In some cases, ruin results in men leaving the ministry, yet it many instances they remain. But even then they become something you don’t want to become. You see them politicking their way through associational or denominational life, and you say, “I don’t want to become like that.” You overhear their cynicism in conversations and you say to yourself, “I don’t want to become like that.” You perceive their sense of self-importance when you meet them and they tell you where they serve, and in your mind you say, “I don’t want to become like that.” You bring up spiritual matters and get the clear impression that they’re more interested in other things than the things of God, and you recoil and think, “I don’t want to become like that.” You hear them preach and their arrogant attitude, or their worldliness, or their lack of earnestness, or their professionalism, or their hypocrisy causes you silently to pray over and over, “Lord, please don’t let me ever become like that.”

The sad reality is, you will become like that. That’s you in a few years. That’s what younger ministers will think of you. It’s almost inevitable for every minister—or you will make progress. There is no middle ground.

It’s always been this way. When the Apostle Paul was inspired to write the letters we call the Pastoral Epistles—those letters written to instruct ministers—many who had entered the ministry were being ruined.

In 1 Timothy

  • 1:6 there were ministers who had “turned aside to fruitless discussions.”
  • 1:19 some had “suffered shipwreck in regard to their faith.”
  • 4:2 he warned of ministers filled with “. . . the hypocrisy of liars seared in their own conscience as with a branding iron”
  • 6:4 he told Timothy to watch out for the minister who “. . . is conceited and understands nothing; but he has a morbid interest in controversial questions and disputes about words, out of which arise envy, strife, abusive language, evil suspicions,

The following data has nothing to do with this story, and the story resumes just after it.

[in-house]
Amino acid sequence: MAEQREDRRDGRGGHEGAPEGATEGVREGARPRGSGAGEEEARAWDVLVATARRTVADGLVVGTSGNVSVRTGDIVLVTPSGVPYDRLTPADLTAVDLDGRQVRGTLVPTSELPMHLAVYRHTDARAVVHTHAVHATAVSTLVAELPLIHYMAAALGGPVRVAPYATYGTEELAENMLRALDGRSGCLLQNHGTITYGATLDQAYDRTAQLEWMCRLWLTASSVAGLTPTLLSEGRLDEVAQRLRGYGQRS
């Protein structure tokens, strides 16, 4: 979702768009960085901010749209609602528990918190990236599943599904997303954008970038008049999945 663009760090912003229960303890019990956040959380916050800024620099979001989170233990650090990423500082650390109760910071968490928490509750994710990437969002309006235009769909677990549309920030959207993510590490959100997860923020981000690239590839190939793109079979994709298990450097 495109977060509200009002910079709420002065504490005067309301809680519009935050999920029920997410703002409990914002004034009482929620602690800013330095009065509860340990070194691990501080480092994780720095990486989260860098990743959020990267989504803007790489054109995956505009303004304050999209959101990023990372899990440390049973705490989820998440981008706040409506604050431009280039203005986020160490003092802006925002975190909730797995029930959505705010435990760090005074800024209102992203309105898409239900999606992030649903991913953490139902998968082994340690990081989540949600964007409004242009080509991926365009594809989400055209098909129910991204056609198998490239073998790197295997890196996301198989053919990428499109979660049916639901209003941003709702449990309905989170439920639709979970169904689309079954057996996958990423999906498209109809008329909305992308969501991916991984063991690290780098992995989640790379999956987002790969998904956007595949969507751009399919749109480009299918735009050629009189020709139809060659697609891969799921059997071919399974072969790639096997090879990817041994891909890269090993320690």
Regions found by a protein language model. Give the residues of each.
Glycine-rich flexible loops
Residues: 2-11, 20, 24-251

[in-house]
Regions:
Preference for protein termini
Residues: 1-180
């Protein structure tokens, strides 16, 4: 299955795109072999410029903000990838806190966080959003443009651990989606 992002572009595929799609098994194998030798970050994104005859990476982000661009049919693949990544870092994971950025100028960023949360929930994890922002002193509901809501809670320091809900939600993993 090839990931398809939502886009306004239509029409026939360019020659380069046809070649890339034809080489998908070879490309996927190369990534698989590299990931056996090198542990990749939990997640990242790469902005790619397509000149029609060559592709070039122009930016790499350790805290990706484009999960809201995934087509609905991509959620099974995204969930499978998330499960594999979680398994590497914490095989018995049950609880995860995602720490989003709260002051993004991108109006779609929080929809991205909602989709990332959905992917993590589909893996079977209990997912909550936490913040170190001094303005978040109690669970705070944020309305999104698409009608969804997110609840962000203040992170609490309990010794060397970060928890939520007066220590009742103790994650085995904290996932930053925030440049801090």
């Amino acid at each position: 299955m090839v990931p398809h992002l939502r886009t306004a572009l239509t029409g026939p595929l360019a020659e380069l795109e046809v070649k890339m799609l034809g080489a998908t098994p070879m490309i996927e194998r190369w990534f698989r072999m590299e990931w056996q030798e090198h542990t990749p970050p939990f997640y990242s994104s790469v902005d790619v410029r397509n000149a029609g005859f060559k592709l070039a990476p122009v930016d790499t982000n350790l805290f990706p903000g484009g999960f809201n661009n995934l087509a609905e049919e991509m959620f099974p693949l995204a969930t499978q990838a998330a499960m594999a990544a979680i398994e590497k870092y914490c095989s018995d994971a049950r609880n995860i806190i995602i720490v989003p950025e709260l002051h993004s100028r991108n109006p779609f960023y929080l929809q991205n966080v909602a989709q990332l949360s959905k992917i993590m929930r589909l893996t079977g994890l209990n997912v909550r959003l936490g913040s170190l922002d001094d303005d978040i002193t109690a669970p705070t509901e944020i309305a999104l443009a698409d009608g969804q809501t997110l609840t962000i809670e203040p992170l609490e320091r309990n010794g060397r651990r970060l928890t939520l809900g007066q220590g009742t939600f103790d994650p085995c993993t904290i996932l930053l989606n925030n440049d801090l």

• 6:5 Paul spoke of the hold money had on these ministers, for he says, they “suppose that godliness is a means of gain.”
  • 6:20-21 he warned Timothy to avoid ministers characterized by “. . . worldly and empty chatter and the opposing arguments of what is falsely called “knowledge”—which some have professed and thus gone astray from the faith.”

In 2 Timothy

  • 1:15 Paul names two ministers who “turned away from me.”
  • 2:16-18 he speaks of ministers whose “talk will spread like gangrene.” Then he names two such ministers “who have gone astray from the truth.”
  • 3:5 he warns of ministers who are “holding to a form of godliness, although they have denied its power.”
  • 3:8 these ministers are “men who oppose the truth.”
  • 4:3-4 Paul speaks of ministers who will teach in accordance to the desires of people who “will not endure sound doctrine.”

In Titus

  • 1:10-11 he described many ministers as “rebellious men, empty talkers and deceivers, . . . teaching things they should not teach for the sake of sordid gain.”
  • 1:16 he warned of ministers who “. . . profess to know God, but by their deeds they deny Him, being detestable and disobedient and worthless for any good deed.”

Paul warned ministers about these things because they had happened to ministers and ruined them. And God inspired and preserved such words for ministers of every generation because these terrible things still happen to ministers and ruin them. There is an almost inevitable ruin of every minister, and it will happen to you unless you avoid ruin by making progress. How do we make progress in ministry instead of making shipwreck? Paul wrote to Timothy—and God to us—in 1 Timothy 4:15-16, “Take pains with these things; be absorbed in them, so that your progress will be evident to all.”

What are “these things” which, if we “take pains” with them, our “progress will be evident to all?” In the larger context, “these things” are all the things Paul has written about in this first letter to Timothy, and ultimately in all three Pastoral Epistles. In the immediate context it is the discipline Paul commends to every minister in 4:6-16. And these are summarized in verse 16: “Pay close attention to yourself and to your teaching; persevere in these things, for as you do this you will ensure salvation both for yourself and for those who hear you.”

In order to make progress in the ministry as opposed to making shipwreck of his ministry, a minister should pay close attention to himself and to his teaching.

First, “Pay close attention to yourself.” If you are going to “pay close attention to yourself,” then . . .


And that’s just what will happen—the ministry will turn your attention from Jesus—unless you “Pay close attention to yourself.”